Welcome back! Hope you’ve had some time to digest last post’s discussion. (If not, take a few minutes and read it now but don’t forget to come back!)
Are you ready to delve in a little further? Awesome. Just one quick thing: please remember, these are nothing more than my thoughts on these concepts, based on my parenting experiences to date. By no means do I consider myself an expert.
I ended last time with this thought: Respect for my children—and for children and teens in general—is something that helps guide me in the process of discipline.
Back to Dictionary.com: Respect has multiple definitions, but I chose those that apply to this essay.
As a noun, it refers to (1) esteem for or a sense of the worth or excellence of a person, a personal quality or ability; (2) deference to a right, privilege, privileged position.
As a verb: (1) to hold in esteem or honor; (2) to show regard, or consideration for (i.e., someone’s rights); (3) to refrain from intruding upon or interfering with (i.e., a person’s privacy).
I won’t declare I’ve always practiced respect in all my parenting decisions. I can’t aver that I inherently understood what it means to show regard for my children’s needs. I am, however, blessed by having internalized early on that a little person does have feelings that need to be considered, something that hit me very clearly one day when my older guy was about eight months old.
We were on some multi-errand run and probably on, at the very least, our sixth stop. This means the little guy had already been dragged in and out of his car seat eleven times. Now mind you, this little guy had always been fine with being in the swing or bouncer or stroller for as long as I needed him to be or was willing to go. (He’s still pretty cool that way.) As I strapped him in for time number twelve, he started crying. Chances are, I was initially irritated with his reaction, but luckily, compassion clicked in and it hit me: This guy is tired. He’s had enough and shouldn’t be subjected to his mother’s inability to slow down.
I’d read parenting books—God knows, they abound— and then beat myself up over not being a ‘good mom’ because I couldn’t make the ideals depicted in those books happen. Lucky for me, a close friend (and mom) would remind me that if there were ONE most effective means, there’d be a lot fewer books on the topic. (My favorite: Kid Cooperation: How to Stop Yelling, Nagging, and Pleading and Get Kids to Cooperate, by Elizabeth Pantley. Currently, I’m browsing through George M. Kapalka’s Parenting Your Out-of-Control Child: An Effective, Easy-to-Use Program for Teaching Self-Control. Came across that one at a case manager’s office at school, and thought I could glean some wisdom for dealing with my younger, somewhat anxious, reactive and much-more-of-a-challenge son. BTW, if anyone is interested, he’s be available through Lent. I’m giving him up to the first willing taker. )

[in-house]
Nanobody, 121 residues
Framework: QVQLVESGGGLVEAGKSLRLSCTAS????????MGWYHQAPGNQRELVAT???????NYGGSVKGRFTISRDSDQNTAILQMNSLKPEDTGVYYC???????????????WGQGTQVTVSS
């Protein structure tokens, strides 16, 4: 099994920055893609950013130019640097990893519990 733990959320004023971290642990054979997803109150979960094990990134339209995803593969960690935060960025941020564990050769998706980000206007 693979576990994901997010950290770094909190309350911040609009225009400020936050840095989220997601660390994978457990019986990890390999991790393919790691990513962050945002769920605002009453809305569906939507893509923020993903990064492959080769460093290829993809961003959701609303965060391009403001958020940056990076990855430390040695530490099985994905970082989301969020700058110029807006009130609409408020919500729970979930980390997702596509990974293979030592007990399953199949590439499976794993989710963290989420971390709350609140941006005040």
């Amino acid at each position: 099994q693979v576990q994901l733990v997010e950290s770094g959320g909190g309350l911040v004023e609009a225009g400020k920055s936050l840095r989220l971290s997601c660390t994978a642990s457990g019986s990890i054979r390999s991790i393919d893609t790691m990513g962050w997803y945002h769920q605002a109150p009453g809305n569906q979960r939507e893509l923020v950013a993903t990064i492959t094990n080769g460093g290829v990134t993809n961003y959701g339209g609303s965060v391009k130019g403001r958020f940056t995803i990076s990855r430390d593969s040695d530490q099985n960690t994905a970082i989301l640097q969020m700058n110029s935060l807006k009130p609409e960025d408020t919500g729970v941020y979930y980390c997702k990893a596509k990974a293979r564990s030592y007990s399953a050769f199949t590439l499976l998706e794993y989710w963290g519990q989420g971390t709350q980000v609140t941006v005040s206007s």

Okay, now that I’ve gotten sidetracked almost beyond repair, I learned, by reading those parenting books, that discipline is a form of teaching, as well as a form of living. My job is not to make the kids do what I say (controlling), but to guide them to the best choice available at any given moment (discipline).
Hopefully, they’ll exercise good judgment up front. When they don’t, one could hope they take advantage of the ‘opportunity to learn,’ assuming the consequences of their action(s) aren’t overly devastating or life threatening in any way. (Elizabeth Pantley deals with how to use natural consequences—or create logical ones—very nicely in her book.)
This segues me to the old adage, Give a man a fish and he’ll eat for a day. Teach him to fish and he’ll eat for a lifetime. When I fight for my way or that instant response to what I tell my kids to do for no other reason beyond I want my way (Gasp! Controlling again!), I’m not teaching them to fish. By guiding them to make wise choices today, I can only hope they’ll be laying out a foundation to make even wiser choices as they get older, and especially when they’re in a position to make (big) decisions without someone more experienced at their side.
We’ll pick up next time with the fruits of discipline.
So what are your thoughts on all this so far? What have you learned on your journey relative to authority and kids? No, you don’t have to be a parent to join the discussion. All kinds of interactions count (i.e., those of teachers, psychologists, baby sitters, siblings, grandparents, etc), so don’t be shy!
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